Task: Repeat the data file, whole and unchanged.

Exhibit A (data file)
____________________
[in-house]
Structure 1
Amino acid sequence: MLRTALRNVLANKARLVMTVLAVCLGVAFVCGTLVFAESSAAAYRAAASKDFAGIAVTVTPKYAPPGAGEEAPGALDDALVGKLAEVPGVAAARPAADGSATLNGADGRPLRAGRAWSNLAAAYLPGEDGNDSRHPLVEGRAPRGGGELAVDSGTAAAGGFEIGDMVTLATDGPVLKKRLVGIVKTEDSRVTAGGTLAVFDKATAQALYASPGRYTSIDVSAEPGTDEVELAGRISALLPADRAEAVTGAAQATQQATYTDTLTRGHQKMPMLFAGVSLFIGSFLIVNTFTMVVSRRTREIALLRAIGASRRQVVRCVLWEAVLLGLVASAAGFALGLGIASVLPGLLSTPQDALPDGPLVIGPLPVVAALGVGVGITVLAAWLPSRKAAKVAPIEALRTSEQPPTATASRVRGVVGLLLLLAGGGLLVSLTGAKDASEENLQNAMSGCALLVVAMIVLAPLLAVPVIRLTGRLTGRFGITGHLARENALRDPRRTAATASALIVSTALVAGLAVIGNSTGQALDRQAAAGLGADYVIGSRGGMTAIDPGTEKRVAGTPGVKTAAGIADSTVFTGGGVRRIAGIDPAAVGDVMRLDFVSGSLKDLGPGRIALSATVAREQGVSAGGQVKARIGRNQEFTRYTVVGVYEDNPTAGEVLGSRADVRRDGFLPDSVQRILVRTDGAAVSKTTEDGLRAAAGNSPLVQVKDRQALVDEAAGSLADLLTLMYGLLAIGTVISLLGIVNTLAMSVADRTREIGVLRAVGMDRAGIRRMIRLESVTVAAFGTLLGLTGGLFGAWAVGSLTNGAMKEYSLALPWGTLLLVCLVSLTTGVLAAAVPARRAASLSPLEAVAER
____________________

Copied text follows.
[in-house]
Structure 1
Amino acid sequence: MLRTALRNVLANKARLVMTVLAVCLGVAFVCGTLVFAESSAAAYRAAASKDFAGIAVTVTPKYAPPGAGEEAPGALDDALVGKLAEVPGVAAARPAADGSATLNGADGRPLRAGRAWSNLAAAYLPGEDGNDSRHPLVEGRAPRGGGELAVDSGTAAAGGFEIGDMVTLATDGPVLKKRLVGIVKTEDSRVTAGGTLAVFDKATAQALYASPGRYTSIDVSAEPGTDEVELAGRISALLPADRAEAVTGAAQATQQATYTDTLTRGHQKMPMLFAGVSLFIGSFLIVNTFTMVVSRRTREIALLRAIGASRRQVVRCVLWEAVLLGLVASAAGFALGLGIASVLPGLLSTPQDALPDGPLVIGPLPVVAALGVGVGITVLAAWLPSRKAAKVAPIEALRTSEQPPTATASRVRGVVGLLLLLAGGGLLVSLTGAKDASEENLQNAMSGCALLVVAMIVLAPLLAVPVIRLTGRLTGRFGITGHLARENALRDPRRTAATASALIVSTALVAGLAVIGNSTGQALDRQAAAGLGADYVIGSRGGMTAIDPGTEKRVAGTPGVKTAAGIADSTVFTGGGVRRIAGIDPAAVGDVMRLDFVSGSLKDLGPGRIALSATVAREQGVSAGGQVKARIGRNQEFTRYTVVGVYEDNPTAGEVLGSRADVRRDGFLPDSVQRILVRTDGAAVSKTTEDGLRAAAGNSPLVQVKDRQALVDEAAGSLADLLTLMYGLLAIGTVISLLGIVNTLAMSVADRTREIGVLRAVGMDRAGIRRMIRLESVTVAAFGTLLGLTGGLFGAWAVGSLTNGAMKEYSLALPWGTLLLVCLVSLTTGVLAAAVPARRAASLSPLEAVAER